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Coping with stress downrange

 

Written by U.S. Army Sgt. Scott Davis
Regional Command-East Public Affairs

Regional Command East - Combined Joint Task Force - 101Bagram Airfield, Afghanistan – A servicemember is having trouble sleeping and when he does sleep he has nightmares. He’s anxious all the time and doesn’t really want to talk to anyone.

Does this person have post-traumatic stress disorder?

Although servicemembers can be diagnosed with different combat stress disorders, only a small number of servicemembers are diagnosed with PTSD.

“A lot of symptoms of PTSD, like having a hard time sleeping, being more irritable or being hypervigilant, can be absolutely normal when you are deployed or even when you get back home,” said U.S. Army Maj. Sebastian Schnellbacher, Combined Joint Task Force-101 psychiatrist. “It’s when those symptoms start to interfere with your daily life … I’d like to know about it so we can fix it before it becomes a real issue.”

Servicemembers in remote areas experience traumatic events on an almost-routine basis and may notice some of these symptoms. The symptoms are normal reactions to stress and will usually go away on their own. There is a potential diagnosis of PTSD when these symptoms exist for an extended period of time and the servicemember doesn’t seek help.

Many servicemembers having a difficult time handling stress don’t want to say anything about it.

“They don’t want to raise a concern that delays them from seeing their loved ones,” Schnellbacher said. “In behavioral health we also think that’s a real priority so if there is a Soldier who raises an issue or concern it doesn’t mean there is going to be a delay. We are going to make sure the Soldier is taken care of but we are not going to let it impact other areas of the Soldier’s life if we can help it.”

Battle buddies are one of the biggest assets behavioral health has in identifying stress symptoms.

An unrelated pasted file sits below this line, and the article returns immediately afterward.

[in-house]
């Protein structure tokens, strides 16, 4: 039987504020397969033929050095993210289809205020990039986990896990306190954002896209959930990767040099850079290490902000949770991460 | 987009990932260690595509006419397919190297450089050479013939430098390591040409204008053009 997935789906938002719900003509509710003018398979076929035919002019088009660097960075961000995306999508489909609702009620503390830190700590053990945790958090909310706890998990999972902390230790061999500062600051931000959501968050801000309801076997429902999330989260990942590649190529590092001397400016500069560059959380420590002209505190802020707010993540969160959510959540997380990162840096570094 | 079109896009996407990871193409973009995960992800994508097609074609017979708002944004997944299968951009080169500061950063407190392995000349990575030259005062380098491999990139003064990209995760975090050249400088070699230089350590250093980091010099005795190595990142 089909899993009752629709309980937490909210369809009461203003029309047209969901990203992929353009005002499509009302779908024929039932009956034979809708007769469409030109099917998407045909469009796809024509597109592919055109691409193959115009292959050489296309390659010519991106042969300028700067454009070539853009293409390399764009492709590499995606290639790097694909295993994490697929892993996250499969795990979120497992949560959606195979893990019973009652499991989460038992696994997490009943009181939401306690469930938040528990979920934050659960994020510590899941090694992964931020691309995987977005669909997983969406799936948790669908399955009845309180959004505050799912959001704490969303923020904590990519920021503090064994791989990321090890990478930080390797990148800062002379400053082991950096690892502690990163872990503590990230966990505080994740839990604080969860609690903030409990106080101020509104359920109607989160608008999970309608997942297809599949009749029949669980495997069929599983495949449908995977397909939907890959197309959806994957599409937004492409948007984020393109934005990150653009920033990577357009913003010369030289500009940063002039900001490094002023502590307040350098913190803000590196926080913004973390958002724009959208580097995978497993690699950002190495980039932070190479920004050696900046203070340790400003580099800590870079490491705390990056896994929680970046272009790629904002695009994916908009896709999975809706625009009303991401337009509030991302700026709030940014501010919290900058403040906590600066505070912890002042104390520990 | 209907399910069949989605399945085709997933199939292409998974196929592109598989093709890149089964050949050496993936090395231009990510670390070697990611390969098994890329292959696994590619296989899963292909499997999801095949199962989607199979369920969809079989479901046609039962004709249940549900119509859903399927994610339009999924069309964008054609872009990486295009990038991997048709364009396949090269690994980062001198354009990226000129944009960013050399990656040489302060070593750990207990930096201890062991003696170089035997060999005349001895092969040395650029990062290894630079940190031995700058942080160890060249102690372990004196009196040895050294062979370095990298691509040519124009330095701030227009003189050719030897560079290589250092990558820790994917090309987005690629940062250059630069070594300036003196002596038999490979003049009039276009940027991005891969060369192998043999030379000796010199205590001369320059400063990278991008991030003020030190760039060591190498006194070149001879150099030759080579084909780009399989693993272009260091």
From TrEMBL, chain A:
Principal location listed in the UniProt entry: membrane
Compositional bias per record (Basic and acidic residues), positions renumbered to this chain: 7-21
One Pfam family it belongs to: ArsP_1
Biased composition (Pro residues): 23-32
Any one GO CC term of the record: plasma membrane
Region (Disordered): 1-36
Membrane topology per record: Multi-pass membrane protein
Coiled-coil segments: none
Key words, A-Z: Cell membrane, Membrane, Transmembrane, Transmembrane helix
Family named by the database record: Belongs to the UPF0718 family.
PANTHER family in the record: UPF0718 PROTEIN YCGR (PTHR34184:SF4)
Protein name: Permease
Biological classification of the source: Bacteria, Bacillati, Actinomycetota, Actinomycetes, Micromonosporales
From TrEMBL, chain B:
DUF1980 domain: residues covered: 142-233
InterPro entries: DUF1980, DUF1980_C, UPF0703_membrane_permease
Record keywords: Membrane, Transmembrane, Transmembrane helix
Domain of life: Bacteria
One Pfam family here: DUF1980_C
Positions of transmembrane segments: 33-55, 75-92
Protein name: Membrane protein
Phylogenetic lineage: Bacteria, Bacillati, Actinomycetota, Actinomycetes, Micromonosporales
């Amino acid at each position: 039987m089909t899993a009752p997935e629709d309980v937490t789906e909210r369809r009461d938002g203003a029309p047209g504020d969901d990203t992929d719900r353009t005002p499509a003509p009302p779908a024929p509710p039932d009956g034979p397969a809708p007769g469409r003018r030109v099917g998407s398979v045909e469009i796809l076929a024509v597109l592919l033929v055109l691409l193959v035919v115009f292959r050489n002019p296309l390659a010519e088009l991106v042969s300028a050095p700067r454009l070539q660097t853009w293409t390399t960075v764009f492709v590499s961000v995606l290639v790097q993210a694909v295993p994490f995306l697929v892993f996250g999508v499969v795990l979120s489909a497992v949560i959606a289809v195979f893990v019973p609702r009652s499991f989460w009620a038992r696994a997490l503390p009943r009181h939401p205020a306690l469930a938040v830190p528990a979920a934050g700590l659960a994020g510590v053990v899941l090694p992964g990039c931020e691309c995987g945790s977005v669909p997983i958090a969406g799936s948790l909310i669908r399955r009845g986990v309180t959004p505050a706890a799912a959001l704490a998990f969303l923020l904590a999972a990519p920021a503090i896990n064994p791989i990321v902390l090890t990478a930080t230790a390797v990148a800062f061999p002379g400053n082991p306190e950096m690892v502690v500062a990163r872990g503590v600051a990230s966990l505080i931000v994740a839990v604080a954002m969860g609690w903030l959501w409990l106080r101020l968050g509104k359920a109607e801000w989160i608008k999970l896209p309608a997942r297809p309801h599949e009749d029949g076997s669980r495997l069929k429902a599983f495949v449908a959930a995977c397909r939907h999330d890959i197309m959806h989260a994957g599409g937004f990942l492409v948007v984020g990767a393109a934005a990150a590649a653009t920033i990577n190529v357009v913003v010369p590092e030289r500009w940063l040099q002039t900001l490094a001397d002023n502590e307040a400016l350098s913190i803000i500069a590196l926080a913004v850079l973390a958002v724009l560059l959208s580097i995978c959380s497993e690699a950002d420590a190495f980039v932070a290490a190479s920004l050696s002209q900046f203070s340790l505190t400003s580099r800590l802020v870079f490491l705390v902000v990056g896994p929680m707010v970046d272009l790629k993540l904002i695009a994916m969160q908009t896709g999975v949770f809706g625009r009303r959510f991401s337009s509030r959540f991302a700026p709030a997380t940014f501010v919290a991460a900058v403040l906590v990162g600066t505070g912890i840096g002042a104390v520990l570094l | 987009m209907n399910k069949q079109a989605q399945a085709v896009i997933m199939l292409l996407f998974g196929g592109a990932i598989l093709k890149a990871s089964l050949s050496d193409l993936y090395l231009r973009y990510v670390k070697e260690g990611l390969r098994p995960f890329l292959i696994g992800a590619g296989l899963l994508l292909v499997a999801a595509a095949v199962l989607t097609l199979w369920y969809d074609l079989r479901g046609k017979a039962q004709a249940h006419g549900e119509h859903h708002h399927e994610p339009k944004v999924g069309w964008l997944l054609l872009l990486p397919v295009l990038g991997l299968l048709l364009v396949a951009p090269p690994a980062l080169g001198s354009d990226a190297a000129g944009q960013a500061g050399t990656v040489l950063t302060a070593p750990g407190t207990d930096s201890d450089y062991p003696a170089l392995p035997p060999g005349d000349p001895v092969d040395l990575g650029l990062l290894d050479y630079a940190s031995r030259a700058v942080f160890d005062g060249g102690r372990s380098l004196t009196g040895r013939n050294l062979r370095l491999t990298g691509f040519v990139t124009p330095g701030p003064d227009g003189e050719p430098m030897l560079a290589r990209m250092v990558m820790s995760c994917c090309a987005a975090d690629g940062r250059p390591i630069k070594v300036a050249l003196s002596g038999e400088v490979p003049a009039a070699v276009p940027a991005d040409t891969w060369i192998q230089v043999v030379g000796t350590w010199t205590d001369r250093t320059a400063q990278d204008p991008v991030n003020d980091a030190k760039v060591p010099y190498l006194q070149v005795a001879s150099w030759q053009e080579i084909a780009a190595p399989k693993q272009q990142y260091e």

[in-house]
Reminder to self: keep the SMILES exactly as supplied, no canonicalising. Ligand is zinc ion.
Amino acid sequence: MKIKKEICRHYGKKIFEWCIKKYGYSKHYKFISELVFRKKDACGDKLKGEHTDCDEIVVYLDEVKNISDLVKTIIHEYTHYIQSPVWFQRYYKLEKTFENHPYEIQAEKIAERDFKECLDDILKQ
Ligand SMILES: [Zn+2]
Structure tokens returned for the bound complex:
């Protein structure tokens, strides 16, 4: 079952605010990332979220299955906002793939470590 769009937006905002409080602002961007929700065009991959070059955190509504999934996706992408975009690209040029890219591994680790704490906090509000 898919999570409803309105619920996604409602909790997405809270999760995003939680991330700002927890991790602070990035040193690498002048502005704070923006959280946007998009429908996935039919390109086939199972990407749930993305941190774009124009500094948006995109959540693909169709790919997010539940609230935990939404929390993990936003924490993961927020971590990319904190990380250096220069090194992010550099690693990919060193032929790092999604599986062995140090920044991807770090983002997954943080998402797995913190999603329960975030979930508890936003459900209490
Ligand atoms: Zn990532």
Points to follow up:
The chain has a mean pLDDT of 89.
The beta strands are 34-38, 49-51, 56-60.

“The buddies are the key. Soldiers are much less likely to go to combat stress centers themselves than recommend a friend.  We need to take care of the people around us,” said Schnellbacher, a native of St. Louis, MO “It’s really that Soldier’s leader’s responsibility, the Soldier’s buddies’ responsibility, the medic’s responsibility to see that Soldier and to notice if something is wrong.”

If the first-line support feels a servicemember is having trouble, the servicemember can be sent to Bagram Airfield to go through the Freedom Restoration Center or Combat Stress Center as another option.

The Freedom Restoration Center is an all-volunteer, four-day program designed to give a servicemember a chance to relax and set up healthy routines for them to ease the stress they endure.

“A lot of the frontline Soldiers out there fighting don’t want to go home. They want to stay,” said U.S. Army Capt. Brandy Hellman, 254th Combat Operation Stress Detachment clinical psychologist.

Servicemembers with stress issues can stay in theater as long as they get help and Hellman said the FRC is great a way to do that.

The CSC offers coping classes that teach techniques to help handle stress in a healthy way. There are also professionals to talk to, such as Schnellbacher, and medication if needed.

“There is a perception that going to behavioral health can impact your career and the reason for that is most people wait until it is already impacting their career to come to behavioral health,” said Schnellbacher.

“These guys and girls are amazing,” said Hellman, a Gettysburg, PA, native. “For the most part, these are young men and women put out on a remote combat outpost and the things they see and do just shows how brave they are. They are really inspiring and they have these life experiences that are going to set them apart from the rest of their peers for the rest of their lives.”


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